Nigerian crude oil prices are close to $90 per barrel due to limited supply.

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Nigerian crude oil prices are close to $90 per barrel due to limited supply.

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Nigerian crude oil prices are close to $90 per barrel due to limited supply.

crude oil

Nigerian crude contracts were little changed on Friday but were set to rise for a second week amid signs of improving demand and tight supply, despite an uptick in the dollar’s value.

Nigerian oil contracts, including Brass River, Bonny Light, and Qua Iboe, traded at $87.36 per barrel, while Brent futures for August settlement traded at $85.56 per barrel following an 80-basis point increase in the previous session.

Price action affirms that oil bulls remained unfazed despite the dollar index’s overnight spike of 41 basis points, which erased the greenback’s weekly losses, in the wake of the Swiss National Bank’s second consecutive rate decrease and indications from the Bank of England of a reduction in August.

The US dollar and oil usually have a negative correlation, meaning that rising dollar values are typically accompanied by falling oil prices and vice versa.

Tight Supply

The Nigerian energy company Aiteo announced it had discovered a leak and had stopped producing oil at its Nembe Creek facility, which has a production capacity of about 50,000 barrels per day.

The leak was discovered on Monday during routine operations in the Nembe area of Nigeria’s oil-rich Bayelsa state, according to Aiteo Eastern E&P. After decades of spills that have harmed farming and fisheries, this area is among the most contaminated regions on Earth.

The Nembe Creek facility, under an oil mining lease operated by Aiteo, is the largest of 11 fields. It also generates significant volumes of natural gas that fuel the Nigeria LNG plant at Bonny Island.

Since the beginning of the month, oil prices have increased by around 5%, reaching their highest point in more than seven weeks.

The newest EIA statistics, the escalating conflict between Israel and Hezbollah, and the hurricane season have contributed to the oil market’s fundamental gains, which might continue to strengthen prices into the summer.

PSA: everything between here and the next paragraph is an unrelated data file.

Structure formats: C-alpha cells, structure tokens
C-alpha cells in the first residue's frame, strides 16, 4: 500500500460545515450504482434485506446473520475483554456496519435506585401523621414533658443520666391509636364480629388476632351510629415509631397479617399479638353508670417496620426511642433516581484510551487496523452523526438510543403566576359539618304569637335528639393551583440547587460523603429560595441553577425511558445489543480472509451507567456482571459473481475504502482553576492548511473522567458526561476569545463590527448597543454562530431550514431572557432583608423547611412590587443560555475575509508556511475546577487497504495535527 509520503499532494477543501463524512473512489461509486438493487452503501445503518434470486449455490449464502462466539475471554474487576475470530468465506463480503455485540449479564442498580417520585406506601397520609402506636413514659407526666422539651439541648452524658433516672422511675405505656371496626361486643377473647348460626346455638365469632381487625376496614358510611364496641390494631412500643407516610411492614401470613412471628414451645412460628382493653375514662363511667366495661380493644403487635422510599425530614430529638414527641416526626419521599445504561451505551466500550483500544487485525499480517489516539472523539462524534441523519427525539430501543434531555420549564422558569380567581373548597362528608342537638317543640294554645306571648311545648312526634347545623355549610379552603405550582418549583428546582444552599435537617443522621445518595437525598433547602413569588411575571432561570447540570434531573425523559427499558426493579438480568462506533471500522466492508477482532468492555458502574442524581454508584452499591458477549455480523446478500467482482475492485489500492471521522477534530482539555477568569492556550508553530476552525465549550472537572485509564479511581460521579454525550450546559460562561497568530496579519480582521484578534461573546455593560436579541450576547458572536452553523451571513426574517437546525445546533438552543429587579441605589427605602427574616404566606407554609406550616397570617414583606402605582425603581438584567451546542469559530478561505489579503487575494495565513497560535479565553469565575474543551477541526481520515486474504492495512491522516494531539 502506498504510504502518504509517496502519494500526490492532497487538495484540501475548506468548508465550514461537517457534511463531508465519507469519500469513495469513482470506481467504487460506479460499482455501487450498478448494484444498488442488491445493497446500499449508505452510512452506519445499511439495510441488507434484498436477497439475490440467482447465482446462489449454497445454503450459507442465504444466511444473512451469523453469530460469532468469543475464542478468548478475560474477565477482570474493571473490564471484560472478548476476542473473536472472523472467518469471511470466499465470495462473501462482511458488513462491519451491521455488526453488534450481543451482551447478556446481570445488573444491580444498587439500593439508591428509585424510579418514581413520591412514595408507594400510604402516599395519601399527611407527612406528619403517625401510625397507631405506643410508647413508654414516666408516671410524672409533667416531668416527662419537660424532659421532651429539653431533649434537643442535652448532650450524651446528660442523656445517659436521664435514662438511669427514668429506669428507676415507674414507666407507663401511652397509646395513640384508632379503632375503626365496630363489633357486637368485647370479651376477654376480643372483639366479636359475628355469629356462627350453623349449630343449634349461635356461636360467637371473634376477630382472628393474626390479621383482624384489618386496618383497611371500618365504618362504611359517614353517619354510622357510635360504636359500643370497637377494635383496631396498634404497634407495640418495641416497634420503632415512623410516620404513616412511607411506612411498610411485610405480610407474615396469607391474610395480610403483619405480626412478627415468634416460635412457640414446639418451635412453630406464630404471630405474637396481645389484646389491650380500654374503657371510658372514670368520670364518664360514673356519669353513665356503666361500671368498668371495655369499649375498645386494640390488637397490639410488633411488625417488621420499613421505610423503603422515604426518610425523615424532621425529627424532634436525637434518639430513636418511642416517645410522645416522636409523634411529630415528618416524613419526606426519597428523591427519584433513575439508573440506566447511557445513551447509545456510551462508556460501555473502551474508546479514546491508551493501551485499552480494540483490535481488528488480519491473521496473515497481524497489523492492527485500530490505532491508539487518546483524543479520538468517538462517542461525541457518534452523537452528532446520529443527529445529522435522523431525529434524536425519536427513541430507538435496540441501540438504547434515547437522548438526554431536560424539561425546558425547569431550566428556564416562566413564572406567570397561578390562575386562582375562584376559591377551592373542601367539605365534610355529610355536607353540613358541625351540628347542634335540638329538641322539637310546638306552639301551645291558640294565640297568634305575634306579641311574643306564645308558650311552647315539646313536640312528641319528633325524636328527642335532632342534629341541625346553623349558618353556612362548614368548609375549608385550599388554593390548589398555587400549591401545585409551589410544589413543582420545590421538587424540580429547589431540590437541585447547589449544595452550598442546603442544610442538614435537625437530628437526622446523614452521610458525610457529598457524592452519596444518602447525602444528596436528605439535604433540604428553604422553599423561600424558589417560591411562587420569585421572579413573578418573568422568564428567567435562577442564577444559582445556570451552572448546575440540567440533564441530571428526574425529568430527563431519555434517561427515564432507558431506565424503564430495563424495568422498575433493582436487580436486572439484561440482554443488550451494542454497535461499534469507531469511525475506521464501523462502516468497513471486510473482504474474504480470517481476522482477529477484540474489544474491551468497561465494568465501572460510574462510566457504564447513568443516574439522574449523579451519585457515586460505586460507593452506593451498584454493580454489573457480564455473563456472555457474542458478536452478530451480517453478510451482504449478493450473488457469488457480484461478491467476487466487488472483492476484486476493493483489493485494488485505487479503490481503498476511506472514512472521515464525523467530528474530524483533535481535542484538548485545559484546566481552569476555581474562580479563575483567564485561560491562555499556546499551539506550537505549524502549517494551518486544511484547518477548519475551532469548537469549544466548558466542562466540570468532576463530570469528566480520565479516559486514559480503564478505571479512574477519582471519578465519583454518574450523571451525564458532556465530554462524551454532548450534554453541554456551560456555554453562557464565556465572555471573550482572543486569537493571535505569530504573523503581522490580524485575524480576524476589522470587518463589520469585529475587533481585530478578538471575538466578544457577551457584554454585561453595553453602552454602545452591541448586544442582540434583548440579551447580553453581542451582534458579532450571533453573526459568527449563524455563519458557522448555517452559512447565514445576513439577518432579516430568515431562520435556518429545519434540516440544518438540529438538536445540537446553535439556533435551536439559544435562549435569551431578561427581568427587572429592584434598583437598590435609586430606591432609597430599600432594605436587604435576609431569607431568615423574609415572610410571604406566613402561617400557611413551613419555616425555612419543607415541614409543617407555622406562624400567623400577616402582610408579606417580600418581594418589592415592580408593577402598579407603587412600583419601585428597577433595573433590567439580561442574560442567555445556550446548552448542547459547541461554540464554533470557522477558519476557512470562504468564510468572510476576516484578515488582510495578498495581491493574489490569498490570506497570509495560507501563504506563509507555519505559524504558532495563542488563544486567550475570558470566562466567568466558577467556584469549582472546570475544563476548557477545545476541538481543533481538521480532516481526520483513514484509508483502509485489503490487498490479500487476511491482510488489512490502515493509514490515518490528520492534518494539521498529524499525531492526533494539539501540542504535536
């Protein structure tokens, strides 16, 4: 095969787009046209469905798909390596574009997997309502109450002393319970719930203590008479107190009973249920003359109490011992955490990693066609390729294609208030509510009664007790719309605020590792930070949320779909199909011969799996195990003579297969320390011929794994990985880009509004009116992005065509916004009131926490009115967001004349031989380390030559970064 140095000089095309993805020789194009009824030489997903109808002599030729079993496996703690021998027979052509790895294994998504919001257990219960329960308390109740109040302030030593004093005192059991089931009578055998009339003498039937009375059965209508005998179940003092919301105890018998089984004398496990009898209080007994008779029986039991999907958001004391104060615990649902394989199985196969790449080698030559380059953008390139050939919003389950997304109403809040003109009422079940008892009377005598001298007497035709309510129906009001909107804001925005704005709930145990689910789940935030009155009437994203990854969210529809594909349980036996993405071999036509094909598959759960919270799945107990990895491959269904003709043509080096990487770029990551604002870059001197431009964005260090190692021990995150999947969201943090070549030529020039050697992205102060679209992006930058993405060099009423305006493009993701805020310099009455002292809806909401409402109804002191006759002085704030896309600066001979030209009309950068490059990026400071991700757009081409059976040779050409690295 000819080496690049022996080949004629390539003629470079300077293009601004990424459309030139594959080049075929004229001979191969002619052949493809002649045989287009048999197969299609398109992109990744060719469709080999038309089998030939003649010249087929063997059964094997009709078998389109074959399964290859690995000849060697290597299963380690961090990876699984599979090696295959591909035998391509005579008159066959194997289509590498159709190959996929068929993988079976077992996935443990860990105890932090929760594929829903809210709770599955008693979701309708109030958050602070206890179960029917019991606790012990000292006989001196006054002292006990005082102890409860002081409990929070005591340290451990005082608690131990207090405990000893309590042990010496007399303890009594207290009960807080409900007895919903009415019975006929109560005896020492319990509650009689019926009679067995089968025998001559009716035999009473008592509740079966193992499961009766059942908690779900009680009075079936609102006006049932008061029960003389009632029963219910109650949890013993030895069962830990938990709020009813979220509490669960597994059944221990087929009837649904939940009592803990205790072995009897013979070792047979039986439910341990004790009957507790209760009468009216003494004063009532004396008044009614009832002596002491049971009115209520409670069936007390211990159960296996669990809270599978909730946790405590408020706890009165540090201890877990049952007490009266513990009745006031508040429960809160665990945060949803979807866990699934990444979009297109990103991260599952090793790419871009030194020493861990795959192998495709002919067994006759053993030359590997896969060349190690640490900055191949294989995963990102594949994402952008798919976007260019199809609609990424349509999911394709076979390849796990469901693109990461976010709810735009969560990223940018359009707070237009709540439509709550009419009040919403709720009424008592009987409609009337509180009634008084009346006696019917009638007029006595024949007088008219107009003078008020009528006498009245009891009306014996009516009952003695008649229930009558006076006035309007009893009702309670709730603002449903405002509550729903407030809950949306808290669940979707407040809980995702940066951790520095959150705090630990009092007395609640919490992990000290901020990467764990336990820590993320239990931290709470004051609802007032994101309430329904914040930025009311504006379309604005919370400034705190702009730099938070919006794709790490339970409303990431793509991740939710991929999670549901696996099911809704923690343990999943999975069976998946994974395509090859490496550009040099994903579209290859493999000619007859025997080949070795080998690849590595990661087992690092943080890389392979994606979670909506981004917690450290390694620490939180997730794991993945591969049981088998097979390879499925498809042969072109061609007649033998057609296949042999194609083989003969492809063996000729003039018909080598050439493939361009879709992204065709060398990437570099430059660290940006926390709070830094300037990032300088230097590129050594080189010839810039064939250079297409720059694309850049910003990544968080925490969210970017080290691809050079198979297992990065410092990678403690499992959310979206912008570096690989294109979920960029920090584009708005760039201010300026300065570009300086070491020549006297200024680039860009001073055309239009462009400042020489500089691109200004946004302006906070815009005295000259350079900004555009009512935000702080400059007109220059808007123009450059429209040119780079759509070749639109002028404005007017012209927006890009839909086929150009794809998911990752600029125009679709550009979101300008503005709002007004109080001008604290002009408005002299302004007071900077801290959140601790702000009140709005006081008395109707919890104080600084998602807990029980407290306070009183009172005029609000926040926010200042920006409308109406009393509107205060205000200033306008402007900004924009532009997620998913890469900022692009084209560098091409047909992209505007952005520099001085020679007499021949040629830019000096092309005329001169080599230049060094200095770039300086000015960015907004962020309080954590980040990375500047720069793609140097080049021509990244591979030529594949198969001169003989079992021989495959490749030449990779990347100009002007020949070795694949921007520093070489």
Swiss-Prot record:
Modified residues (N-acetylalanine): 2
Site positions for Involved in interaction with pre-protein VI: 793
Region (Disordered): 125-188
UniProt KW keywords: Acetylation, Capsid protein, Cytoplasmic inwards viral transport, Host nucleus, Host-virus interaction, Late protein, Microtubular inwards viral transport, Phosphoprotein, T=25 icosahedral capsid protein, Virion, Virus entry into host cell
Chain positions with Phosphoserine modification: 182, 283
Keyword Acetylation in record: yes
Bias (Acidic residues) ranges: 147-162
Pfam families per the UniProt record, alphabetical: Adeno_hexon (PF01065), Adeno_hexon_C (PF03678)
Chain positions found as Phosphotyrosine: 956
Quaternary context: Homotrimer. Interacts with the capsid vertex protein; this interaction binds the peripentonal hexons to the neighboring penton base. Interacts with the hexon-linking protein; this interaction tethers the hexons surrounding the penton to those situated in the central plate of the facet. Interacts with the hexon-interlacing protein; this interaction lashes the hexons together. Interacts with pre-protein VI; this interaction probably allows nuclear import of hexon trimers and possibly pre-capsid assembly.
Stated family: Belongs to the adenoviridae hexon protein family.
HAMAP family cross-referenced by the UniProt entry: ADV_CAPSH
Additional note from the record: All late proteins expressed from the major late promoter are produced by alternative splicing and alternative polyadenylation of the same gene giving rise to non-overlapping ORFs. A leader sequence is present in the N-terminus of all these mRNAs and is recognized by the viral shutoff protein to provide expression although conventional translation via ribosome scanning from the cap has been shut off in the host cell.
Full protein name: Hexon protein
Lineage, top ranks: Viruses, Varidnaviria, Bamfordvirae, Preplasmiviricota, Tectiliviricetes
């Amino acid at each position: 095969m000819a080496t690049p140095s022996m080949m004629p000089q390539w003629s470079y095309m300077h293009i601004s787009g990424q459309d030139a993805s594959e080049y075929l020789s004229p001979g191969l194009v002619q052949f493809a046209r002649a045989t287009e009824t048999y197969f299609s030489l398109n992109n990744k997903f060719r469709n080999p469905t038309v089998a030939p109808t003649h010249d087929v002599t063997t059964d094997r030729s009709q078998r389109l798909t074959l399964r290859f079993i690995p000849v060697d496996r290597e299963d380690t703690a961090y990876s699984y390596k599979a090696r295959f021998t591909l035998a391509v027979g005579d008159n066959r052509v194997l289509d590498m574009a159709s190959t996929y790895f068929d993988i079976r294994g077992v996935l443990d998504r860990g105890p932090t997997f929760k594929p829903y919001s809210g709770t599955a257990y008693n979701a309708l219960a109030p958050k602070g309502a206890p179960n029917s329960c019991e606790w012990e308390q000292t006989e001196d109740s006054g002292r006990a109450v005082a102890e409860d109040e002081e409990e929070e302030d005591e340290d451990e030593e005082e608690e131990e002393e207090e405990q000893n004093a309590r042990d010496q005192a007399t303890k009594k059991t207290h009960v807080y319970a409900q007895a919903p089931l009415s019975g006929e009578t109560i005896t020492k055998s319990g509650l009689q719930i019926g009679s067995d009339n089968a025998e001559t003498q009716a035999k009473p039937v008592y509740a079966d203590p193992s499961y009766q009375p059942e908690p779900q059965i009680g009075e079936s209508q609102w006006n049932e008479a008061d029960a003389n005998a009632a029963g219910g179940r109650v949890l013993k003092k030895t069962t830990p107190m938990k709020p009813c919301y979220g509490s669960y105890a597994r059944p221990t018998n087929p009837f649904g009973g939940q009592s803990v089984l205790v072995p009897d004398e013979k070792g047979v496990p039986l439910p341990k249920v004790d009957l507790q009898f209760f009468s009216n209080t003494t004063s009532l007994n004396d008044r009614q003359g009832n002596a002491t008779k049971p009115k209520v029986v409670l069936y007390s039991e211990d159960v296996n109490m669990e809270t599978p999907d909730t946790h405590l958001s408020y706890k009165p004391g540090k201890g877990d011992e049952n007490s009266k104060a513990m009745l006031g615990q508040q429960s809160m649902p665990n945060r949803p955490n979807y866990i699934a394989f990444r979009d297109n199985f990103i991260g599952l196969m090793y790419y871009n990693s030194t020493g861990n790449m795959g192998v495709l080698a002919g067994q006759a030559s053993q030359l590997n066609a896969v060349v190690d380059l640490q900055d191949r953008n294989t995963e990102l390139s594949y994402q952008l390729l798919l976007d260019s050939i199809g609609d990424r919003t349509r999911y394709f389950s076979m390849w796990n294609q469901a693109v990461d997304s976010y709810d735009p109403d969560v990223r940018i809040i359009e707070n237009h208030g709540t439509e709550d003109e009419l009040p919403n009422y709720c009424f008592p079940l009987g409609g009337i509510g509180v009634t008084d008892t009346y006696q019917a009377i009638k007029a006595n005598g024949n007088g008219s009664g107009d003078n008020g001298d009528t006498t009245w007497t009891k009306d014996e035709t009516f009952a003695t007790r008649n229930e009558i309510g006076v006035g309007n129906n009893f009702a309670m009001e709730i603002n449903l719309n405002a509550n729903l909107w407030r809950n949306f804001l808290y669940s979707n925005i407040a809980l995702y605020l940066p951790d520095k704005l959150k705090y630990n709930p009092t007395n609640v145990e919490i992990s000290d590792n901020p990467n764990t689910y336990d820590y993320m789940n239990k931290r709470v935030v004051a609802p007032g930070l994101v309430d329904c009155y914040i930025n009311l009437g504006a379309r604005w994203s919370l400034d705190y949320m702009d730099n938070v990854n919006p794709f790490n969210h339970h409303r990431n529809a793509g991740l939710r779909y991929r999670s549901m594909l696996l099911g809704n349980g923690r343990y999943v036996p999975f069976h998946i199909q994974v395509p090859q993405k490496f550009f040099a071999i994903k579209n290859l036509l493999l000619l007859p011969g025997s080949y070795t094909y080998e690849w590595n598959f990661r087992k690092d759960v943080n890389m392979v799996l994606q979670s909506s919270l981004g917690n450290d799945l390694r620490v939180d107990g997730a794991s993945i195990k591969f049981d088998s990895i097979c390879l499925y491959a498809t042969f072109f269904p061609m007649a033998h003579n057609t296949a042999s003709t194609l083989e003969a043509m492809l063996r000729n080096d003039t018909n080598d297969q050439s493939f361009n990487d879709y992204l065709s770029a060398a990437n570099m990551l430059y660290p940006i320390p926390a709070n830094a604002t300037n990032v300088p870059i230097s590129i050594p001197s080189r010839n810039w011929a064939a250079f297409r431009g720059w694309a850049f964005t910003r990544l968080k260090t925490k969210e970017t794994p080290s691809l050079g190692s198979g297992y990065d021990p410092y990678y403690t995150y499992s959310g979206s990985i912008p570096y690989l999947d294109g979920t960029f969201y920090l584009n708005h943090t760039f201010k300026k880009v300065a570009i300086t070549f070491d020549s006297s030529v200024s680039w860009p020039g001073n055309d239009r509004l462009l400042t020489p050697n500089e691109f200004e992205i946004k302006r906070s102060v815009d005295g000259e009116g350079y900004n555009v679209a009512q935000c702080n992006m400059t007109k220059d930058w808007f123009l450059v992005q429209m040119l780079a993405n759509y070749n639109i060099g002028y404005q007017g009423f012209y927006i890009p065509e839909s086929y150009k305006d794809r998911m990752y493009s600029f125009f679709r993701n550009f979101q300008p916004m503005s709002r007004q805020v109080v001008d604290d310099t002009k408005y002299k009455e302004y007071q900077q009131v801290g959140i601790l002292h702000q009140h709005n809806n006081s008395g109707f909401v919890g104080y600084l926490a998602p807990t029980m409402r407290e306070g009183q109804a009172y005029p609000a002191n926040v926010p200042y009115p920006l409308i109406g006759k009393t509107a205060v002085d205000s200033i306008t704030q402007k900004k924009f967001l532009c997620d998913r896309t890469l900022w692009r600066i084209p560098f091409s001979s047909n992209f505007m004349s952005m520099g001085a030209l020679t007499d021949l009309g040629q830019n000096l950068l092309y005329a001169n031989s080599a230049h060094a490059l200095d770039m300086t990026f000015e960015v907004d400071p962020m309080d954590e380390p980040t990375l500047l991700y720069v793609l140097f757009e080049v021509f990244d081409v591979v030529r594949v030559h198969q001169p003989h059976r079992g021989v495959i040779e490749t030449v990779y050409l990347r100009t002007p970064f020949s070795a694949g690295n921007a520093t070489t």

U.S. government data issued on Thursday highlighted that total product supplied, a measure of the nation’s demand, increased by 1.9 million barrels per day over the week to 21.1 million barrels per day.

The Energy Information Administration (EIA) statistics revealed that, in contrast to market forecasts of a 2.2-million-barrel depletion, U.S. oil stockpiles decreased by 2.5 million barrels to 457.1 million barrels in the week ending June 14.

The EIA also reported that gasoline inventories decreased by 2.3 million barrels to 231.2 million barrels, contrary to estimates of a 600,000-barrel rise.

NNPCL and Total Energies sign $550 million gas deal

Meanwhile, the Nigerian National Petroleum Company Limited (60 percent) and TotalEnergies (40 percent), the operators of the Oil Mining Lease 58 onshore license in Nigeria, signed a $550 million Final Investment Decision for the development of the Ubeta gas field.

The OML 58 license is situated in Rivers State, roughly 80 km northwest of Port Harcourt, and includes the two producing fields of the Obagi oil field and the Ibewa gas and condensate field.

The Obite treatment center processes the gas production from OML 58 and supplies it to the Nigeria Liquefied Natural Gas plant as well as the country’s domestic gas market.

The Ubeta field, which was discovered in the eastern Niger Delta in 1964, will produce over 10,000 barrels per day of associated liquids and 350 million standard cubic feet per day of gas, allowing NLNG Limited to secure a steady supply of gas


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